Liked by 9 people

  32. I could not agree more. Everything you said, everything. I cannot tell you how pressured I have been to do ‘the only treatment that works” for my daughter but I won’t. it’s demeaning and dehumanizing and it treats them as sub human. I’m so glad you put into words the feelings I have had for years. I tried it for a week here and there because the therapists seemed different; but no matter who does it they are hurting my child. No way! And it doesn’t even work!!! She regressed every time!


  33. This sadly sounds like much of mainstream, authoritarian, punitive, compliance-based parenting. =( I raised my first two kids that way until they were 7 and 9. It’s how I was raised. Then I discovered peaceful parenting. The transition has been extremely difficult, but worth it. My younger two children get to experience a much softer, guidance-based parent in me. I hope that my older two can learn from what they see with their siblings and also from what I’ve told them about why I think I wronged them before.

    I have a page on Facebook devoted to parents like myself who are trying to shed their authoritarian upbringing and become peaceful parents.


  34. What would be an alternative method if I want to work in the field? Many have recommended ABA classes but I always have this feeling that it is lacking something.
    Please advise to degrees or classes / courses that would be alternative and forefront.
    Thank you,


  35. I am the neurotypical parent of a neurotypical child and don’t think that using sticker charts (rewards/punishments), ignoring a child having a hard time (failing to be empathetic/remain connected), or demanding quiet compliance from noisy young kids (setting developmentally inappropriate expectations) are acceptable adult behaviors. I know these coercion tactics are mainstream but that doesn’t mean they’re appropriate or effective for anyone, let alone autistic children who are living in a world that is not centered on them. “We do similar things to neurotypical kids” is not a justification, especially when autistic people have repeatedly explained how distressful and harmful ABA therapy & its goals are to them.

    Letting children do whatever they please without limits is not the alternative here. Hopefully you are at least aware of other non-behaviorist methods of understanding and caring for children.

    Liked by 9 people

  36. Thank you for this! Just last week I was in an ARD for my son when the subject came up and I told them how I challenged his ex speech therapist to find me just one testimonial of an autistic adult who endorses ABA. She couldn’t find one. Of course his teacher chimed in oh my son loves his ABA, exactly the way you describe here. Keep fighting the fight!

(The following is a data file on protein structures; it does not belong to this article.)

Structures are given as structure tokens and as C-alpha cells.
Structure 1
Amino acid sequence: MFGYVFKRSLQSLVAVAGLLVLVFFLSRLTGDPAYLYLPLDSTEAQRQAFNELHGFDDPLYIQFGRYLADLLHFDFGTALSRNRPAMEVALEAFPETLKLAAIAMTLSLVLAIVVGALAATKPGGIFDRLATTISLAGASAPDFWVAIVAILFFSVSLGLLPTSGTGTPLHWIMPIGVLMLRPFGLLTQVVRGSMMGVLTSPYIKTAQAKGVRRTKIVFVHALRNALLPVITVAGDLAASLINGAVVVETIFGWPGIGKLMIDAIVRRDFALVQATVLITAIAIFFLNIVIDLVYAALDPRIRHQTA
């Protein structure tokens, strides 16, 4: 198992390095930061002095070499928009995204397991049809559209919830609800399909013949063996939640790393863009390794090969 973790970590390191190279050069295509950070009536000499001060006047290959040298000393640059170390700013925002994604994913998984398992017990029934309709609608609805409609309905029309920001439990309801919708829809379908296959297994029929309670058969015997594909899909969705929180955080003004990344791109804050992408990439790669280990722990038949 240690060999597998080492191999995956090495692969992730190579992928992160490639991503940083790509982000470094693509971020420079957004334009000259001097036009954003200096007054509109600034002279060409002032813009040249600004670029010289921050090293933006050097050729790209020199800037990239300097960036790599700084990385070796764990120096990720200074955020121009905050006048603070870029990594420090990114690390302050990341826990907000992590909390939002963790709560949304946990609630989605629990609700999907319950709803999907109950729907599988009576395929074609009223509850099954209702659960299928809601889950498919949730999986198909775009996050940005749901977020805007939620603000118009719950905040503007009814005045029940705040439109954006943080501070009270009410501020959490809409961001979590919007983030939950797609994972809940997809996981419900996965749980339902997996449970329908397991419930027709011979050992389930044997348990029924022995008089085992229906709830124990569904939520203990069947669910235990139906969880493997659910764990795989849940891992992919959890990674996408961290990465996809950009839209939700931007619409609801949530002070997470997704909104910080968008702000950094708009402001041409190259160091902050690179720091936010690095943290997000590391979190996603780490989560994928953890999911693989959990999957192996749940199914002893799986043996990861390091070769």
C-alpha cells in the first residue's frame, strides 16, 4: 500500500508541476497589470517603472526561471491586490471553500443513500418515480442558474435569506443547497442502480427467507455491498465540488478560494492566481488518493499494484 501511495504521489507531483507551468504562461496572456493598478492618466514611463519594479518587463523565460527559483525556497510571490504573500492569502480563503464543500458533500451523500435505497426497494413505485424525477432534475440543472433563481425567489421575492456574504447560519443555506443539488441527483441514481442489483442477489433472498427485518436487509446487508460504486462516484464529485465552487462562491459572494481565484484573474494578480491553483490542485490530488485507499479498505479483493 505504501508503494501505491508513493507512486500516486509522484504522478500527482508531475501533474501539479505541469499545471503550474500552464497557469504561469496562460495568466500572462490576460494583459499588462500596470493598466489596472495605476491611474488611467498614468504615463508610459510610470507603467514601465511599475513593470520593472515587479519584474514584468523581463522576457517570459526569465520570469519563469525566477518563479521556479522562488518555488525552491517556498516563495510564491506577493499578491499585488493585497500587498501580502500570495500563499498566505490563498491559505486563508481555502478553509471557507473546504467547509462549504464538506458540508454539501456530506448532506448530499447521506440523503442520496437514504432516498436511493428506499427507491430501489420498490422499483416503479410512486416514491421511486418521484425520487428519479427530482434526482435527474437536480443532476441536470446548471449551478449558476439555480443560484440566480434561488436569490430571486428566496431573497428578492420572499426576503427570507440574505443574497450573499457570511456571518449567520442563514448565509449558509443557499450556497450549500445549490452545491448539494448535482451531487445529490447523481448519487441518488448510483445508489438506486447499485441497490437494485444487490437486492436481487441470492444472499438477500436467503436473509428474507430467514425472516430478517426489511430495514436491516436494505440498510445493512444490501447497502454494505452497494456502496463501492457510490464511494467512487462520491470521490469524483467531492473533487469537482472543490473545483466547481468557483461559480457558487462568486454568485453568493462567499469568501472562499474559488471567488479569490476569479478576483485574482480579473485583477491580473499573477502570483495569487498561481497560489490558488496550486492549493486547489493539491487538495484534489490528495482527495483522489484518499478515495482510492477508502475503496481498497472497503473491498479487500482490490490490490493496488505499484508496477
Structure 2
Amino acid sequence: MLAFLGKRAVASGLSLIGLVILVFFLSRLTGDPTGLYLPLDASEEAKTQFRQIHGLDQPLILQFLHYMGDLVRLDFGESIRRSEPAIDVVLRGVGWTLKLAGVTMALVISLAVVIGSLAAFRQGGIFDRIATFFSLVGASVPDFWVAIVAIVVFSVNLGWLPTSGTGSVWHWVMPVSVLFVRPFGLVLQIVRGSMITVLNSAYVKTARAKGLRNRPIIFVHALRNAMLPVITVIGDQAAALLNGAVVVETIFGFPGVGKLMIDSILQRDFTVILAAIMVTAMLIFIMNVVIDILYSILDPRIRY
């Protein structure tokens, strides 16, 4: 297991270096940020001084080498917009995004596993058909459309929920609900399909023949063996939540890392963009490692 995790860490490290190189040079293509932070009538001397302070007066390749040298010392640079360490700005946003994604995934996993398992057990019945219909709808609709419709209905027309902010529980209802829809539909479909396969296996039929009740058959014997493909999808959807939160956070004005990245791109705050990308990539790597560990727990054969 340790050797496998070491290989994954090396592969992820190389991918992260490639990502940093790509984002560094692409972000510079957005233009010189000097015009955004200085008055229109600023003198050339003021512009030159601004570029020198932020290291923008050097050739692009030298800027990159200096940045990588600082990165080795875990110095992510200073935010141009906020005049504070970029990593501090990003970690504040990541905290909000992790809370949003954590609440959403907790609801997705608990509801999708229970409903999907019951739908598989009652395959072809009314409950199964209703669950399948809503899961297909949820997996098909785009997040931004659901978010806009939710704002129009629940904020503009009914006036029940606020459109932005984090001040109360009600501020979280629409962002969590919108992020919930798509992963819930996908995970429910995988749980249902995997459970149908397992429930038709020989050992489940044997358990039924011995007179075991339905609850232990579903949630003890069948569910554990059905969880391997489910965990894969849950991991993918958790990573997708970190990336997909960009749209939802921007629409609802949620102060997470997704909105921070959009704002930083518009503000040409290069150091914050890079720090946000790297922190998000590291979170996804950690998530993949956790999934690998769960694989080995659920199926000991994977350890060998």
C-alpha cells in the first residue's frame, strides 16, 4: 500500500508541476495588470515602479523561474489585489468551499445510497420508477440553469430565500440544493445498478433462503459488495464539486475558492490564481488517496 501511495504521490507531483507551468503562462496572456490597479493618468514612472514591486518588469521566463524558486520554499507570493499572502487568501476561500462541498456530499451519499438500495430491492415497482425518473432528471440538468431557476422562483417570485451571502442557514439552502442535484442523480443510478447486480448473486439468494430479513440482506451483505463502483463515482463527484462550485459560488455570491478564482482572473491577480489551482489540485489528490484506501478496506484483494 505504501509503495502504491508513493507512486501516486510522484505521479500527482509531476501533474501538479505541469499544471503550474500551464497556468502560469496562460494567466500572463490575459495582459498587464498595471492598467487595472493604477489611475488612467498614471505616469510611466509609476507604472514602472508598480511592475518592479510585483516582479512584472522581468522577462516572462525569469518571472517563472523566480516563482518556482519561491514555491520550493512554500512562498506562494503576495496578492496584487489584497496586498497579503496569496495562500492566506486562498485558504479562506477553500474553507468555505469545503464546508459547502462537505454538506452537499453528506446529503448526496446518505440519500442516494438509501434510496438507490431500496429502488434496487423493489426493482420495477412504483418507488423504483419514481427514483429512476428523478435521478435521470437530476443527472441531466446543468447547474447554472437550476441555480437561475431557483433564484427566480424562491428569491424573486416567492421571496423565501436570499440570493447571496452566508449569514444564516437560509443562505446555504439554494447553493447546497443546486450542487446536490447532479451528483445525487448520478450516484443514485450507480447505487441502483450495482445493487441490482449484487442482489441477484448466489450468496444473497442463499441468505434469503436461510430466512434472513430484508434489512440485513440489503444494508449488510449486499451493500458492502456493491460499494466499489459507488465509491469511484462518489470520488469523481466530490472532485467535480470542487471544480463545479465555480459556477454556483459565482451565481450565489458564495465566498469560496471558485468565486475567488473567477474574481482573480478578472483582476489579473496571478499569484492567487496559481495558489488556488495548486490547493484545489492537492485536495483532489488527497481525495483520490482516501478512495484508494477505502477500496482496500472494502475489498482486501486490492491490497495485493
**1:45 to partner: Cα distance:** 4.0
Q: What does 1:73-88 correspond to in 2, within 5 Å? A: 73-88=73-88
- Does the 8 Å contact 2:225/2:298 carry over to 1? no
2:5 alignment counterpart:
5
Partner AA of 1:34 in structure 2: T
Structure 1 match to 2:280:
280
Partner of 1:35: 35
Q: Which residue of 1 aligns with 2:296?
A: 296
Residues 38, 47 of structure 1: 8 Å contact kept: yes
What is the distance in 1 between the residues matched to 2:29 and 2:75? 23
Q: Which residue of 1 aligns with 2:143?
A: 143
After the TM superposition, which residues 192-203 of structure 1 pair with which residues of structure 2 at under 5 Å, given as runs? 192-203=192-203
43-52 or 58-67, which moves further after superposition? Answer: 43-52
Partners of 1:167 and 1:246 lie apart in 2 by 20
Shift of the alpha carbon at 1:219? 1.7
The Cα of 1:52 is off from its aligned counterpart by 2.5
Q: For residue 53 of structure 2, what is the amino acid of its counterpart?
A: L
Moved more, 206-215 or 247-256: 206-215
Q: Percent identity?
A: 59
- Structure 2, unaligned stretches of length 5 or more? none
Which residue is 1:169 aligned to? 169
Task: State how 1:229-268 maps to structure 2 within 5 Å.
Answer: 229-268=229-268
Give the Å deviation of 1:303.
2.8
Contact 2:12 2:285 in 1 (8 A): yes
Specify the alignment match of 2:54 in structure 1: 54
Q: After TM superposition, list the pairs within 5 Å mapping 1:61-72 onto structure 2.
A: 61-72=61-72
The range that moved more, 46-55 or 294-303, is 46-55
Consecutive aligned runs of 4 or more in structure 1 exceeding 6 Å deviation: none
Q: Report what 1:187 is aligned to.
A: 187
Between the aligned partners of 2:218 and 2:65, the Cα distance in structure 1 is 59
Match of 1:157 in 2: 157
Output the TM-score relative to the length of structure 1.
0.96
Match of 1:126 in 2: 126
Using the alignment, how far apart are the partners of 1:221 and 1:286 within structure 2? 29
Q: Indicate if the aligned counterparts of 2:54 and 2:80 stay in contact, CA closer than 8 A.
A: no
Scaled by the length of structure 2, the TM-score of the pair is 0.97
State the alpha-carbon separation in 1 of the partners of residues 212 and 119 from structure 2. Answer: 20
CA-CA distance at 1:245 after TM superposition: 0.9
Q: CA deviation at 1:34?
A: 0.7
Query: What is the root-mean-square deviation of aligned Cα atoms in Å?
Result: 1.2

37. I am Autistic, and i am glad you wrote this blog, Birdmadgrrl. This needed to be written.

    I have never been through ABA myself, and i am middle-aged, single, never married, don’t have children, but if i did, and they were Autistic, i damn well can guarantee you i would not subject them to ABA or ANY compliance based therapy, no matter how “well-intentioned” it may seem, because of the numerous horror stories i have read of Autistics growing up to live an adult life with PTSD and C-PTSD from being forced to be “normal” and “indistinguishable from our peers”.

    Even so, i still grew up in a family who did not accept me, and who kept trying to force ME into normal. And they were abusive about it, both physically and mentally abusive. I now suffer with C-PTSD, no surprise.

    As for chelation therapy, not only does it not work, it can literally be fatal….yes, it can literally kill your child!

    “To anyone reading this: steer clear of quack “treatments” such as chelation, hyperbaric chambers, bleach enemas, etc. These things are not only bullshit, but straight up abuse.”

    I agree!!

    And all of these “treatments” can kill your child.

    Liked by 2 people

  38. Thank you for writing this.

    I’m crying tears of happiness that you are speaking out for kids like mine.

    My son, now 17 and college bound, has Aspergers. He was traumatized by an ABA therapist from the age of 9 to 11.

    He was forcibly restrained in illegal time out rooms for hours. He was deprived of water to drink for meltdowns that lasted for hours, multiple times.

    The ABA therapist did exactly as you described. She did planned ignoring, refused to help him when he vomited and punished him daily. All without my knowledge for 2 years.

    My son was afraid to tell me. He was too traumatized.

    I sued my district for alternate placement and settled.

    But my son, who has Aspergers has been scarred for life emotionally. He cannot fully trust anyone, even me, his mother and advocate and bff.

    Thank you!!!

    Liked by 1 person

  39. Someone asked about alternatives to ABA. Please read the work of Brenda Smith Myles, Ross Greene, AspergerExperts.com.

    We Aspies and with ASD have brains that are wired differently.

    We cannot be forced into thinking like a typical person.

    We do not misbehave or not comply on purpose. Usually a child on the spectrum, especially a high functioning child, “acts out” because of what Brenda Smith Myles calls the Hidden Agenda.

    We do not understand the cognitive part if behavior…the WHY.

    We need to be taught the societal norms and the rules we do not implicitly understand.

    We need love, compassion, empathy And sensory support.

    When you ask us why we are “misbehaving” or “escaping” or “avoiding” there is usually a good reason.